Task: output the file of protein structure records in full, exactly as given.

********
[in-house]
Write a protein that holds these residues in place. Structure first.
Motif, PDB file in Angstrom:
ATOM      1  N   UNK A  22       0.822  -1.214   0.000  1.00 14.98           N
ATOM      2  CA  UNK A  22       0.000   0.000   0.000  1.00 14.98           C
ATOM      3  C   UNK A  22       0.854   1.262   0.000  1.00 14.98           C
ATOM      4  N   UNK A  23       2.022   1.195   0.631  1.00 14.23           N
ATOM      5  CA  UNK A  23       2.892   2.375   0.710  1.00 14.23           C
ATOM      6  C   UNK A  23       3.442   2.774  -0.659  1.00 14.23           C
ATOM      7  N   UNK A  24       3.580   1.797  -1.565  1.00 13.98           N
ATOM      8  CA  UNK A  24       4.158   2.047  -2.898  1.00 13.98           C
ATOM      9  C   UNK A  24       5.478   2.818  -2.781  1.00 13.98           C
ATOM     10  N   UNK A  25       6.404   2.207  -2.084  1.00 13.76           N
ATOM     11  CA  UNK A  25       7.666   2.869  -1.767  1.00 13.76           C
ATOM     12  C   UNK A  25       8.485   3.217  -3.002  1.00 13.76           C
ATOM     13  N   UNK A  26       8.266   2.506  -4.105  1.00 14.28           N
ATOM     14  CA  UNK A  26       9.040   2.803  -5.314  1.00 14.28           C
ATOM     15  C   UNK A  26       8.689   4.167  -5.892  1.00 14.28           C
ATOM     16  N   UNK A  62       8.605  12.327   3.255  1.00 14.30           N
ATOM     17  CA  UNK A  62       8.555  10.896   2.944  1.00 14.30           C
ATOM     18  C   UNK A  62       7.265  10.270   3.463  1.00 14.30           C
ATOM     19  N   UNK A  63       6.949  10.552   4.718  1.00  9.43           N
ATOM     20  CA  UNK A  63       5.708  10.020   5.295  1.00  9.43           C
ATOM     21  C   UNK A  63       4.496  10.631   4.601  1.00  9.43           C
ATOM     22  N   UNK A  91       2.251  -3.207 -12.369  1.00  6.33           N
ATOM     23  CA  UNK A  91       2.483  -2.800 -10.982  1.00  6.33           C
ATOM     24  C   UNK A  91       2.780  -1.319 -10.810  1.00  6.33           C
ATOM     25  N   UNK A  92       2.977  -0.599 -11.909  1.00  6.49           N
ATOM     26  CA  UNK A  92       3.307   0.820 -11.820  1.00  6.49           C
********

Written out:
[in-house]
Write a protein that holds these residues in place. Structure first.
Motif, PDB file in Angstrom:
ATOM      1  N   UNK A  22       0.822  -1.214   0.000  1.00 14.98           N
ATOM      2  CA  UNK A  22       0.000   0.000   0.000  1.00 14.98           C
ATOM      3  C   UNK A  22       0.854   1.262   0.000  1.00 14.98           C
ATOM      4  N   UNK A  23       2.022   1.195   0.631  1.00 14.23           N
ATOM      5  CA  UNK A  23       2.892   2.375   0.710  1.00 14.23           C
ATOM      6  C   UNK A  23       3.442   2.774  -0.659  1.00 14.23           C
ATOM      7  N   UNK A  24       3.580   1.797  -1.565  1.00 13.98           N
ATOM      8  CA  UNK A  24       4.158   2.047  -2.898  1.00 13.98           C
ATOM      9  C   UNK A  24       5.478   2.818  -2.781  1.00 13.98           C
ATOM     10  N   UNK A  25       6.404   2.207  -2.084  1.00 13.76           N
ATOM     11  CA  UNK A  25       7.666   2.869  -1.767  1.00 13.76           C
ATOM     12  C   UNK A  25       8.485   3.217  -3.002  1.00 13.76           C
ATOM     13  N   UNK A  26       8.266   2.506  -4.105  1.00 14.28           N
ATOM     14  CA  UNK A  26       9.040   2.803  -5.314  1.00 14.28           C
ATOM     15  C   UNK A  26       8.689   4.167  -5.892  1.00 14.28           C
ATOM     16  N   UNK A  62       8.605  12.327   3.255  1.00 14.30           N
ATOM     17  CA  UNK A  62       8.555  10.896   2.944  1.00 14.30           C
ATOM     18  C   UNK A  62       7.265  10.270   3.463  1.00 14.30           C
ATOM     19  N   UNK A  63       6.949  10.552   4.718  1.00  9.43           N
ATOM     20  CA  UNK A  63       5.708  10.020   5.295  1.00  9.43           C
ATOM     21  C   UNK A  63       4.496  10.631   4.601  1.00  9.43           C
ATOM     22  N   UNK A  91       2.251  -3.207 -12.369  1.00  6.33           N
ATOM     23  CA  UNK A  91       2.483  -2.800 -10.982  1.00  6.33           C
ATOM     24  C   UNK A  91       2.780  -1.319 -10.810  1.00  6.33           C
ATOM     25  N   UNK A  92       2.977  -0.599 -11.909  1.00  6.49           N
ATOM     26  CA  UNK A  92       3.307   0.820 -11.820  1.00  6.49           C